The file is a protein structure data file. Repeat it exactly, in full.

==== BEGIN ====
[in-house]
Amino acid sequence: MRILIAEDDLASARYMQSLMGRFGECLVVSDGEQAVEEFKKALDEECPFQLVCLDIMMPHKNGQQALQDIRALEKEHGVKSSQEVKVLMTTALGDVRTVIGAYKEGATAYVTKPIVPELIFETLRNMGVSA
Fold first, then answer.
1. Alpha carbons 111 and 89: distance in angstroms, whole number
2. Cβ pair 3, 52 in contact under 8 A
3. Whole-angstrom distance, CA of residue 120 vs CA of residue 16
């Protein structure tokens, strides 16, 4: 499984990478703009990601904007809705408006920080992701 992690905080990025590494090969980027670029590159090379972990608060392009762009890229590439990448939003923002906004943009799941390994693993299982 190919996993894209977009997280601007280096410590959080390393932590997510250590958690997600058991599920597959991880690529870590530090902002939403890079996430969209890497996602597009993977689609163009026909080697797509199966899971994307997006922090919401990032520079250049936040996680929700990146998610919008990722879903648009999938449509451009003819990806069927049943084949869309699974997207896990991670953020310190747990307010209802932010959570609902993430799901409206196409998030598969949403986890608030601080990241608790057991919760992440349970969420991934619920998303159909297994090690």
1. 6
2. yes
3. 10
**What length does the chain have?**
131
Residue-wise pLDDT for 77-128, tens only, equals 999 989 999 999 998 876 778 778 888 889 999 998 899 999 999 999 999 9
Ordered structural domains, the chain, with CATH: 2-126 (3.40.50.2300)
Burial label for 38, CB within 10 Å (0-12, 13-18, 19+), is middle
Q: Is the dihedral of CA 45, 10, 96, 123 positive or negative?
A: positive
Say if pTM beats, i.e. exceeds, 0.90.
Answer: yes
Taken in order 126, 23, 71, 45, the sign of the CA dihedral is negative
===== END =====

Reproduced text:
[in-house]
Amino acid sequence: MRILIAEDDLASARYMQSLMGRFGECLVVSDGEQAVEEFKKALDEECPFQLVCLDIMMPHKNGQQALQDIRALEKEHGVKSSQEVKVLMTTALGDVRTVIGAYKEGATAYVTKPIVPELIFETLRNMGVSA
Fold first, then answer.
1. Alpha carbons 111 and 89: distance in angstroms, whole number
2. Cβ pair 3, 52 in contact under 8 A
3. Whole-angstrom distance, CA of residue 120 vs CA of residue 16
């Protein structure tokens, strides 16, 4: 499984990478703009990601904007809705408006920080992701 992690905080990025590494090969980027670029590159090379972990608060392009762009890229590439990448939003923002906004943009799941390994693993299982 190919996993894209977009997280601007280096410590959080390393932590997510250590958690997600058991599920597959991880690529870590530090902002939403890079996430969209890497996602597009993977689609163009026909080697797509199966899971994307997006922090919401990032520079250049936040996680929700990146998610919008990722879903648009999938449509451009003819990806069927049943084949869309699974997207896990991670953020310190747990307010209802932010959570609902993430799901409206196409998030598969949403986890608030601080990241608790057991919760992440349970969420991934619920998303159909297994090690």
1. 6
2. yes
3. 10
**What length does the chain have?**
131
Residue-wise pLDDT for 77-128, tens only, equals 999 989 999 999 998 876 778 778 888 889 999 998 899 999 999 999 999 9
Ordered structural domains, the chain, with CATH: 2-126 (3.40.50.2300)
Burial label for 38, CB within 10 Å (0-12, 13-18, 19+), is middle
Q: Is the dihedral of CA 45, 10, 96, 123 positive or negative?
A: positive
Say if pTM beats, i.e. exceeds, 0.90.
Answer: yes
Taken in order 126, 23, 71, 45, the sign of the CA dihedral is negative